Midwestern chapters of National Audubon Society drop ‘Audubon’ name, citing racist views of organization’s namesake

Sergio Montanez/The Times Herald/USA Today Network

Three Midwestern chapters of the National Audubon Society, a nonprofit bird conservation group, are dropping the “Audubon” branding over namesake John James Audubon’s racist views and ties to slavery.

The society’s chapters in Detroit, Chicago and Madison, Wisconsin, have announced they will now be known as chapters of the “Bird Alliance.”

“It was important for us to collaborate with other Audubon chapters — especially those in our region — in adopting a name that unifies our members and unifies us as organizations,” Gretchen Abrams, executive director of the Detroit chapter, said in a press release.

John James Audubon was an 19th-century ornithologist, naturalist and painter who owned slaves, opposed abolitionism and exploited Black and Indigenous people, according to a re-examination of the his life and legacy published by Audubon’s biographer in the society’s magazine in 2020.

In 1834, Audubon “wrote to his wife … that the British government had ‘acted imprudently and too precipitously’ in emancipating enslaved people in its West Indian possessions,” according to the article.

Audubon also occasionally “relied” on Black and Indigenous people to observe birds and collect specimens for his studies and did not credit or name them in his writings, the article said.

Abrams told CNN the Detroit Bird Alliance decided to change its name because the city has a large population of people of color.

“We really felt like we were not going to ever be able to be inclusive and invite everyone to the work to protect birds if we were not more clear about our mission,” she said.

The Detroit chapter said it will adopt the new name in January 2024, to give the organization time to rebrand and change their website.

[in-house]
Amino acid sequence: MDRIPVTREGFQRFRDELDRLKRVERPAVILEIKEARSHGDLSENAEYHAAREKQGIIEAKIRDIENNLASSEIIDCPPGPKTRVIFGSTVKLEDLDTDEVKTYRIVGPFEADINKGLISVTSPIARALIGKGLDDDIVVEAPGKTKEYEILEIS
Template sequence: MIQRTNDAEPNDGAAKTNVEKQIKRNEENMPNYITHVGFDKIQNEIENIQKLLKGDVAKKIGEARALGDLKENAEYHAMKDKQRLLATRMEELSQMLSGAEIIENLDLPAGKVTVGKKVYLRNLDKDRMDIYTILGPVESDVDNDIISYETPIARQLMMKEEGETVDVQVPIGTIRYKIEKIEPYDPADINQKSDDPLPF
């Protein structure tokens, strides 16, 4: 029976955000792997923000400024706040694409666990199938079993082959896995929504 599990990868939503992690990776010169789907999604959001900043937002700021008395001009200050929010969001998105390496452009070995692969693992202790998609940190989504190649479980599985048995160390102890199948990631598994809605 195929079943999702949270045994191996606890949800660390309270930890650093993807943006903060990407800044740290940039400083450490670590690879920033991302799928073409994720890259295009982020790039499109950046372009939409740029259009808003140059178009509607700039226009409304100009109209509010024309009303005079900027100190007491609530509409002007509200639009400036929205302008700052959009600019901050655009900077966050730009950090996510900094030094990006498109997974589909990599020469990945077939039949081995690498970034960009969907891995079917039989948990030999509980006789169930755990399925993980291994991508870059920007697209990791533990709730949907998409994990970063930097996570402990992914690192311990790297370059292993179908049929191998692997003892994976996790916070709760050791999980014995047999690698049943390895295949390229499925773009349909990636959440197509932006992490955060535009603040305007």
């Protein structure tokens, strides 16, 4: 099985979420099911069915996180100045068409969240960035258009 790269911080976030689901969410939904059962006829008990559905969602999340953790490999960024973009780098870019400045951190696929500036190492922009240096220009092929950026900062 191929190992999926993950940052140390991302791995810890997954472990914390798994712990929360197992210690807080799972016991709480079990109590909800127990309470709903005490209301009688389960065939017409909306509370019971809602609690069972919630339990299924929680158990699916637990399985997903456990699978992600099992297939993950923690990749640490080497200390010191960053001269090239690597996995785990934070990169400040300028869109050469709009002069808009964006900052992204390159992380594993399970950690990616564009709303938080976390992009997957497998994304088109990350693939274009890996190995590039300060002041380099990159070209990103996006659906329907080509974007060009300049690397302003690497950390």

“We felt like we had to make a decision for ourselves as a chapter on who we wanted to be, what we wanted to represent, and what kind of title represented us in the work that we do,” she said. “As long as we have anything stopping us from having everyone in the fight for birds, birds lose.”

The Chicago Bird Alliance debuted its new name Friday by changing the branding on its website. The organization said it plans to pursue a legal change over the next few months.

“[Audubon] contributed a lot to the bird world, but also he was reinforcing things like slavery and systemic racism and scientific racism,” Matt Igleski, executive director of the Chicago Bird Alliance told CNN.

Igleski explained the new name is also clearer to those who may be unfamiliar with the society’s history and puts the organization’s mission of bird conservation at the forefront.

The Madison, Wisconsin, chapter, now known as the Badgerland Bird Alliance, voted unanimously to drop the “Audubon” name in December 2022. The chapter held a vote in late September to approve the new name.

“We want to develop a deep brand recognition that really focuses on the work that we do,” Matt Reetz, executive director of the Badgerland Bird Alliance, told CNN.

In August, the San Francisco-area chapter of the society also changed its name to the Golden Gate Bird Alliance.

In a March open letter, the National Audubon Society announced it would not change its name despite the disapproval of several local chapters.

In the letter, Elizabeth Gray, the organization’s CEO, explained the climate crisis was a more urgent priority than changing its branding, but said the society would set aside $25 million over the next five years towards a diversity initiative within the organization and its conservation efforts.

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